She helps us get there. She’s done profoundly interesting things. She is living a life most of us only dream of (um, she just got back from some crazy trip to Antarctica with some team of researchers or some shit and then she was in Peru and apparently her 2014 will be in “Canada and Europe”). But she started terrified, too.

I don’t call people “inspiring” because, um, most people aren’t. It’s a word so overused it’s degenerated into platitude. But when you see a human living a life of freedom, her definition of freedom, a life that she designed  rather than some other person’s version of “success,” well, that’s some actual inspiration.

She has helped me personally, and in a time when I was ready to throw in the towel on everything I was trying to do. (writing, etc.). Here was my email to her: “You’re amazing. I can’t believe you’ve just helped me like this, outta the blue. Thank you for carving a path for me. Helping me see shit. You really are fucking awesome and I am elated we’ve crossed paths.

Jesus. What luck. I feel empowered and alive.”

Republic of Freedom


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17 Comments | Posted in weeks of mayhem | March 16, 2014

Dear Internet: I hate your “new study”

by renegademama

I sure love it when a “new study” hits the internet, particularly if it relates to some super-heated parenting topic. It’s just so fun. All of a sudden, all the people have new “evidence” to sling at the “other side.”

All the humans now have “irrefutable proof” that they were, after all, right as fuck and you were, absolutely 100% (as they always suspected!) WRONG. So they shall post it on Facebook with a barely perceptible shrug and smile, just so damn happy to have this “new science” validating their opinions.

No worries if it refutes 20 years of prior research. No worries if it’s profoundly biased and/or funded by a company with a vested interest in the outcome. No worries if it’s flawed in its research methodology or put together by high schoolers on mushrooms.

In fact, there’s no need to read any of the actual study! All you gotta do is read the article in the Huffington Post written by some asshat with as much relevant expertise as my toddler, summarizing the study and paraphrasing the “science” they don’t actually understand (or trying to, while remaining SEO effective, of course).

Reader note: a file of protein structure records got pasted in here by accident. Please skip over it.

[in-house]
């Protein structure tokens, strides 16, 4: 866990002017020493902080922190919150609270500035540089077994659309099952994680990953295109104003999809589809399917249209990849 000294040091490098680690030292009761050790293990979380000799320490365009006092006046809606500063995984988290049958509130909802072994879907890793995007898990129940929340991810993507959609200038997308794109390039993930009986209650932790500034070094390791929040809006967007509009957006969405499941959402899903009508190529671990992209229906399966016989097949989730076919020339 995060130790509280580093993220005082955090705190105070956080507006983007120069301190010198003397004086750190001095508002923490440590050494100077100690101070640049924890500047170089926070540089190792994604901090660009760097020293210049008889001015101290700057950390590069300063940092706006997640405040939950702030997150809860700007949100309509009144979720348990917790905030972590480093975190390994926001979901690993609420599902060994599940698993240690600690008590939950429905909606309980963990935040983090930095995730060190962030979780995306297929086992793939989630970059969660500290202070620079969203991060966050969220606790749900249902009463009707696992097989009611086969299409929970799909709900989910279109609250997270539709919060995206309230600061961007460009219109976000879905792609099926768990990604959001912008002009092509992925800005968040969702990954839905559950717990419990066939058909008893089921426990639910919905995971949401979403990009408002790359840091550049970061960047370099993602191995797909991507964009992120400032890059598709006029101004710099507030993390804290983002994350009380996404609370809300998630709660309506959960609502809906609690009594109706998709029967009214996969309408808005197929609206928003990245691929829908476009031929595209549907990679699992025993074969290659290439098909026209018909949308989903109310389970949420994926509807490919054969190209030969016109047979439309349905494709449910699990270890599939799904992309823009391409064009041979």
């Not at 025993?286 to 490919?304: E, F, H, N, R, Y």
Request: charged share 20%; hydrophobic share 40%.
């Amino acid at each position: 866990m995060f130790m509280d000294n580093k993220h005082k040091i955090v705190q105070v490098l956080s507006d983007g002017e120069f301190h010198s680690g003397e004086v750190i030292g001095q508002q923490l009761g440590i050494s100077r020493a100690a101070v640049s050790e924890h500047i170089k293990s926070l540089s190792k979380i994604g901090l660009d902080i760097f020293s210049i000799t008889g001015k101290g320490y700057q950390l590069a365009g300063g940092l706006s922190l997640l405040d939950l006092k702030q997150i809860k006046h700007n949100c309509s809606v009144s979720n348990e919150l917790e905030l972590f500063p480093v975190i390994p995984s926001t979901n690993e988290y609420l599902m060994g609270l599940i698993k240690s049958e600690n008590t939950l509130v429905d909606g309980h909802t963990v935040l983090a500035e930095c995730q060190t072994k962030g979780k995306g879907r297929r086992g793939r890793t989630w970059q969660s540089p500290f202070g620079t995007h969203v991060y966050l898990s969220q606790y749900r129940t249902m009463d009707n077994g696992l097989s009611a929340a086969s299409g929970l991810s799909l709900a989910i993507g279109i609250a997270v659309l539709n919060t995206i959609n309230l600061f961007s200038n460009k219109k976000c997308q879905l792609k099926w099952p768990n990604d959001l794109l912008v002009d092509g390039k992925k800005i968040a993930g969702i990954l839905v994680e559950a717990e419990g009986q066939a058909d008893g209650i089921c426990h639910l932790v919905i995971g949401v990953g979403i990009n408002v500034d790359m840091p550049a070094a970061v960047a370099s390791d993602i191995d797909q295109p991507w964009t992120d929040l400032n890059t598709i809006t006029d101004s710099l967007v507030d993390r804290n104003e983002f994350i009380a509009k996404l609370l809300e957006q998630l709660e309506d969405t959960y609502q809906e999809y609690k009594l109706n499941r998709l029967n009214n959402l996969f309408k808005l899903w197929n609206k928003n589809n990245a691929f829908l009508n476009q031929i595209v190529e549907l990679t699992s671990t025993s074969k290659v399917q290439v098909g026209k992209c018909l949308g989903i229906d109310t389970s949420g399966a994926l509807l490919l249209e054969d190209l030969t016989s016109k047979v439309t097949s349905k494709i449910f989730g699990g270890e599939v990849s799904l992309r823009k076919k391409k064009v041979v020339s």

Forget they’re writing for a damn media source with a financial interest in sensationalism and the “latest trends,” (so they can trap new parents on Babycenter who are simply fascinated by this “new research”). And forget the emphasis on keywords and polarizing, extremist titles that will increase Google hits and traffic, translating into PURE CASH for the website. I mean, there’s nothing like a bunch of well-meaning parents to feed “latest studies” to by the spoonful.

Nothing sells like: “New Study Shows Breastfeeding is Over-rated” or “Research proves that homebirth kills” or “Study concludes pacifiers stunt emotional development.”

Here’s what they’re actually selling us:  You want to be “in the know?” You want to remain on the cutting edge of informed parenting? All you gotta do is read our 3rd-party interpretation of a “study” you’ve never glanced at, avoid  critical thinking at all costs and use what you read as “irrefutable evidence” to post all over Facebook, Pin, Tweet and email. This weekend, regurgitate at playdates. And then, bask in the glory of your rightness. All you need is a link, homie!

I mean how could you argue it? It’s science! It’s data! It’s REAL.

Obviously. There’s acronyms and shit.

Look, internet, unless you’re going to read the actual study, examine who funded the bastard, research the methodology (and have the ability to assess it in the first place), study what other experts in the field have to say about its outcomes, assess where this study fits into the larger picture (what else has been said over the years?)…I don’t give a flying rat’s ass about your “new study.”

Basically, one study means jack shit, even if it does validate your side of every flame war you’ve engaged in during the last 5 years.